Vinpocetine Helps with Urinary Incontinence | Longevity science | Scoop.it

Vinpocetine’s Five Modes of Action

There has been much research on vinpocetine’s physiological actions, which fall into five categories:


>Selective enhancement of cerebral circulation and oxygen utilization (without significantly affecting these functions throughout the rest of the body).

 

>Significant increase in the brain’s tolerance of hypoxia (impaired oxygen supply), a condition that can contribute to dementia.

 

>An anticonvulsant effect, which might prove useful in the treatment of epilepsy (see the sidebar).

 

>Inhibition of phosphodiesterase-1 (PDE-1), which is one of a large family of enzymes, the phosphodiesterases, that play vital roles in various biological processes, especially the regulation of smooth-muscle tone.

 

>Improvement of the flow properties of blood by making red blood cells more deformable, and inhibition of platelet aggregation, which can lead to blood clots.

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Mia's curator insight, April 28, 4:02 PM
Ahhh, plants- Mother Nature's remedies. Sooooo soothing and perfect....IF IT WEREN'TFOR COLONY COLLAPSE DISORDER AND GLOBAL WARMING!!!!!!
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Brain Keeps Watch During Sleep | The Scientist Magazine®

Brain Keeps Watch During Sleep | The Scientist Magazine® | Longevity science | Scoop.it
When it comes to bedding down in an unfamiliar place, the old adage about sleeping with one eye open may not be that far from the truth. New research helps explain this “first-night effect,” finding that one brain hemisphere remains more active than the other, researchers at Brown University and their colleagues reported today (April 21) in Current Biology.

“It’s an interesting finding,” Steven Stufflebeam, a neuroradiologist at Harvard Medical School and Massachusetts General Hospital, told The Scientist. “They found . . . one hemisphere of the brain was in a more vigilant state during the first night of sleep,” said Stufflebeam, who was not involved in the research.
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“Hunger Hormone” No More? | The Scientist Magazine®

“Hunger Hormone” No More? | The Scientist Magazine® | Longevity science | Scoop.it
Transgenic mice with an overactive form of the receptor for ghrelin—often dubbed the “hunger hormone”—do not have the increased appetites one might expect, yet still gain weight, according to a paper published yesterday (April 19) in Science Signaling. The results suggest that the long-held view of ghrelin as a regulator of food intake may not be entirely accurate. But not everyone is convinced.

“It’s an intellectually intriguing finding,” said Yale School of Medicine’s Tamas Horvath who was not involved in the study. “Am I 100 percent convinced that this proves that ghrelin has no effect on feeding? No. But I think that [the authors] come up with a provocative set of data and I think . . . it’s going to initiate more thorough studies on this important question,” he added.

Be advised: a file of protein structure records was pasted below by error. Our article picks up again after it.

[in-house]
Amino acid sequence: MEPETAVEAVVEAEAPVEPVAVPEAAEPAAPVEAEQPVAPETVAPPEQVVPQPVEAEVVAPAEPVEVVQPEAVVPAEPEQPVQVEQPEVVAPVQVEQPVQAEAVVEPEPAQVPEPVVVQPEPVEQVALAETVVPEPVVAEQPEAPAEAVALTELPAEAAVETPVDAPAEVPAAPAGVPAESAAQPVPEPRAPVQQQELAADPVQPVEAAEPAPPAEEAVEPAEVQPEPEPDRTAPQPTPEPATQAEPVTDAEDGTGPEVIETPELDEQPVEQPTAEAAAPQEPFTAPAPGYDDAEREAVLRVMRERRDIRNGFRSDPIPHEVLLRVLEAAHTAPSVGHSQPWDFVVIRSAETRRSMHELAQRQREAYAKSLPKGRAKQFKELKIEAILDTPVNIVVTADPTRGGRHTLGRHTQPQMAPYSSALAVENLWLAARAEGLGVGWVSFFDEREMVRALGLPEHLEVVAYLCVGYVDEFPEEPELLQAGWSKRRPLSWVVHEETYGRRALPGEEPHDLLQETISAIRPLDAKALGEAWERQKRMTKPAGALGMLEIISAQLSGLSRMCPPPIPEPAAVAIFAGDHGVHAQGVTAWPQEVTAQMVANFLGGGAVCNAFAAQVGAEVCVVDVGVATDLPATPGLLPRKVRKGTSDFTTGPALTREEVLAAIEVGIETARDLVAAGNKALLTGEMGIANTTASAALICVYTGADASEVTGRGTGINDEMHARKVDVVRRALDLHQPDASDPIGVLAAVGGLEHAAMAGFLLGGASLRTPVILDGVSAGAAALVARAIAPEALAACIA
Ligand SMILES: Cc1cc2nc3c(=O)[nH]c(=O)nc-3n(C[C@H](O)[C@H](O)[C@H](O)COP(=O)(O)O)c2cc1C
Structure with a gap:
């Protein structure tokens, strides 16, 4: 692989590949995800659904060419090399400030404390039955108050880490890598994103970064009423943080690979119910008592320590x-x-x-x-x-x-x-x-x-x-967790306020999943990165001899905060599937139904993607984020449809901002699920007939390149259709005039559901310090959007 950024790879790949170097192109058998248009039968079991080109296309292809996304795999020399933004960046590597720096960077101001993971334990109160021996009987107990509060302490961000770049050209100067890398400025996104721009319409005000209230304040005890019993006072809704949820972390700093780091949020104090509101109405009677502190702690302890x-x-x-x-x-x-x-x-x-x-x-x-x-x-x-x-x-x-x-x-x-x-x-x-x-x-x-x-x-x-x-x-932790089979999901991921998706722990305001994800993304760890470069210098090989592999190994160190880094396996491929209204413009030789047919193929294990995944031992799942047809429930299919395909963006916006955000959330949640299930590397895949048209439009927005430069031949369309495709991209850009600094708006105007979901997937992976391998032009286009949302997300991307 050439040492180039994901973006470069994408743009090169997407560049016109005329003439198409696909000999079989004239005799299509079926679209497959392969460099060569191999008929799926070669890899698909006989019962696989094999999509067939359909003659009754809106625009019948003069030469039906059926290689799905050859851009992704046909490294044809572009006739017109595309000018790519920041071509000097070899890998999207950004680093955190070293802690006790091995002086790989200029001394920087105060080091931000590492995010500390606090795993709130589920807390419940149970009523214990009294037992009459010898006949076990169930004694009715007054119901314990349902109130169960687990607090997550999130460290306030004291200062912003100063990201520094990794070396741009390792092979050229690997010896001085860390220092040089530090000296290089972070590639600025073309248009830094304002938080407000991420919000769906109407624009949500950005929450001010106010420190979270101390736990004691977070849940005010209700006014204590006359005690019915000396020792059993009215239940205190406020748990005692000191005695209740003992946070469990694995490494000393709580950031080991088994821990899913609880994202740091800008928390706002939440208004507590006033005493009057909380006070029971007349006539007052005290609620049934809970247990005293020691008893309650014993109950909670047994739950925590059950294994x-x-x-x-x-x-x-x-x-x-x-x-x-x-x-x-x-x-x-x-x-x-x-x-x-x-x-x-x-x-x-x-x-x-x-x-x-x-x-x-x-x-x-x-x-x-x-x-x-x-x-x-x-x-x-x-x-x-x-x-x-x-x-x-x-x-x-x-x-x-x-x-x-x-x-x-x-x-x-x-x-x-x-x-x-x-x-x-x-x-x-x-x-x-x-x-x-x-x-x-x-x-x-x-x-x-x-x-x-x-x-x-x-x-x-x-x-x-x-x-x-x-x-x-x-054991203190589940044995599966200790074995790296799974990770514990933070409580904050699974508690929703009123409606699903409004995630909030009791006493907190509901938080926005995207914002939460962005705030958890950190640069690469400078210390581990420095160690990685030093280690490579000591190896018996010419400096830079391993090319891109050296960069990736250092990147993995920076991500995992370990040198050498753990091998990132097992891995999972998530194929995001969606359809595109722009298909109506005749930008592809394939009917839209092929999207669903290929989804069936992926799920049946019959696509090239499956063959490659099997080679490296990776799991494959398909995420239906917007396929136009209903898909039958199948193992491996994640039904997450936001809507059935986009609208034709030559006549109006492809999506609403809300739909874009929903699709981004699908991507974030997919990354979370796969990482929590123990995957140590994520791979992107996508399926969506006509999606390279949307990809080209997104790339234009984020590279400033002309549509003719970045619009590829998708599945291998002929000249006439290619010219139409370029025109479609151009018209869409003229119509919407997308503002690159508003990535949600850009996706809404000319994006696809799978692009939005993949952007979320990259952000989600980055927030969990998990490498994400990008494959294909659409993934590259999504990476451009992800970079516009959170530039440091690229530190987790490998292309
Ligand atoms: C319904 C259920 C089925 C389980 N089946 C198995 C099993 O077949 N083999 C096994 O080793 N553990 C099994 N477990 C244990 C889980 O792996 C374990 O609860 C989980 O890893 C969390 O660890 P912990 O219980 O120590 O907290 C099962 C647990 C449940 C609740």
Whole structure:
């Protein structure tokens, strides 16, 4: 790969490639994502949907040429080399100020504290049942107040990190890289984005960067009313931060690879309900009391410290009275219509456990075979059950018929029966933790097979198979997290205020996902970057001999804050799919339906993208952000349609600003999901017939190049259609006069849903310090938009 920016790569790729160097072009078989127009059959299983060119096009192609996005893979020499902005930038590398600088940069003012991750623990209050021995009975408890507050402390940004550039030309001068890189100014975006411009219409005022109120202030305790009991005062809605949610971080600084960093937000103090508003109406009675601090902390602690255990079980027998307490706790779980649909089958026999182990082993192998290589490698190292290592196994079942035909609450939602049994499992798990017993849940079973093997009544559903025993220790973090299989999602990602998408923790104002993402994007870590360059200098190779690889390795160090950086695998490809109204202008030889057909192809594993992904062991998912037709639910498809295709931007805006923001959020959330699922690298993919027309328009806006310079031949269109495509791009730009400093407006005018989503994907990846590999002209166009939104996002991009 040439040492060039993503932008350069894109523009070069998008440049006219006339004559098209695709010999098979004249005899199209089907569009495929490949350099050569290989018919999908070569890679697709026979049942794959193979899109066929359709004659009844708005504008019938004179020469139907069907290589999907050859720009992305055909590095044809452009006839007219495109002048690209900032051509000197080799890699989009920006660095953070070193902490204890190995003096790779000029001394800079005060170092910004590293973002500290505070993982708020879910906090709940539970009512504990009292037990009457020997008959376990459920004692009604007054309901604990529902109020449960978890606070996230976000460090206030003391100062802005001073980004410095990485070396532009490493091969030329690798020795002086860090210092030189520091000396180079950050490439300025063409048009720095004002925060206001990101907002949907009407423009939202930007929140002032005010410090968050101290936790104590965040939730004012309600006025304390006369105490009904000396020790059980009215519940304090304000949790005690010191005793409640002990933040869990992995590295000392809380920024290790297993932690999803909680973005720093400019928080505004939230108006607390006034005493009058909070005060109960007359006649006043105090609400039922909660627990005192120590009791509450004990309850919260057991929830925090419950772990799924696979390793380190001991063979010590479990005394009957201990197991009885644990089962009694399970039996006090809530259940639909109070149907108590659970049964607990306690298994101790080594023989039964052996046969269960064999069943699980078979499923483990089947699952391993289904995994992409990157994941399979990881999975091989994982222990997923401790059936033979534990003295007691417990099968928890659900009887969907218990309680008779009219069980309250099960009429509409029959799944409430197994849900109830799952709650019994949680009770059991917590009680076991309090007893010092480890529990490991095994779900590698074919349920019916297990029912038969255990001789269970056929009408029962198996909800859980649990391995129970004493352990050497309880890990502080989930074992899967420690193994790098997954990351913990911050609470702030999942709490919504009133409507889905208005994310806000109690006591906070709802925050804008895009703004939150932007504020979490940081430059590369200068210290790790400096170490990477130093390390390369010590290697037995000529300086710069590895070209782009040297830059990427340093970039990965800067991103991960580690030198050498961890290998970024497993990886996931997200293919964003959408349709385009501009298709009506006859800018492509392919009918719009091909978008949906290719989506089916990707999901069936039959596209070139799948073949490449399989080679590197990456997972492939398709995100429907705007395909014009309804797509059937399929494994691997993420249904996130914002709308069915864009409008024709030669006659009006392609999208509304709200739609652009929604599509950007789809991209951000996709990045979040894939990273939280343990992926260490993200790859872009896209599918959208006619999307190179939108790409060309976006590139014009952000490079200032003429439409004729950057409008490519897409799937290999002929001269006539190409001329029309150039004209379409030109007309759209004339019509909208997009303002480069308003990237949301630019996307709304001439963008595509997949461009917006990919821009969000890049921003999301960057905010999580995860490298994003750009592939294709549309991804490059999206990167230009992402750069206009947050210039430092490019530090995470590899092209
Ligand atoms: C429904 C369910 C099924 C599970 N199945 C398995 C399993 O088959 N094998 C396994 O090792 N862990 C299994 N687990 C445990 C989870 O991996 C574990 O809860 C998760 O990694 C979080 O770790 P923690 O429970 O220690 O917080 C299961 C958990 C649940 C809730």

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Human data supports acai’s antioxidant activity in healthy women

Human data supports acai’s antioxidant activity in healthy women | Longevity science | Scoop.it
Supplementing the diet of healthy women with açai pulp may boost the activity of antioxidant enzymes, and reduce the production of reactive oxygen species, Brazilian researchers report.
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Ray Kurzweil Predicts Three Technologies Will Define Our Future

Ray Kurzweil Predicts Three Technologies Will Define Our Future | Longevity science | Scoop.it
Many observers first noticed this acceleration with the advent of modern microchips, but as Ray Kurzweil wrote in his book The Singularity Is Near, we can find a number of eerily similar trends in other areas too.

According to Kurzweil’s law of accelerating returns, technological progress is moving ahead at an exponential rate, especially in information technologies.

This means today’s best tools will help us build even better tools tomorrow, fueling this acceleration.
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Guts and Glory | The Scientist Magazine®

Guts and Glory | The Scientist Magazine® | Longevity science | Scoop.it
Clevers studied T- and B-cell signaling; he set up assays to visualize calcium ion flux and demonstrated that the ions act as messengers to activate human B cells, signaling through antibodies on the cell surface. “As soon as the experiment worked, I got T cells from the lab next door and did the same experiment. That was my strategy: as soon as something worked, I would apply it elsewhere and didn’t stop just because I was a B-cell biologist and not a T-cell biologist. What I learned then, that I have continued to benefit from, is that a lot of scientists tend to adhere to a niche. They cling to these niches and are not that flexible. You think scientists are, but really most are not.”
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Creation of insulin-releasing cells in a dish offers hope of diabetes therapy

Creation of insulin-releasing cells in a dish offers hope of diabetes therapy | Longevity science | Scoop.it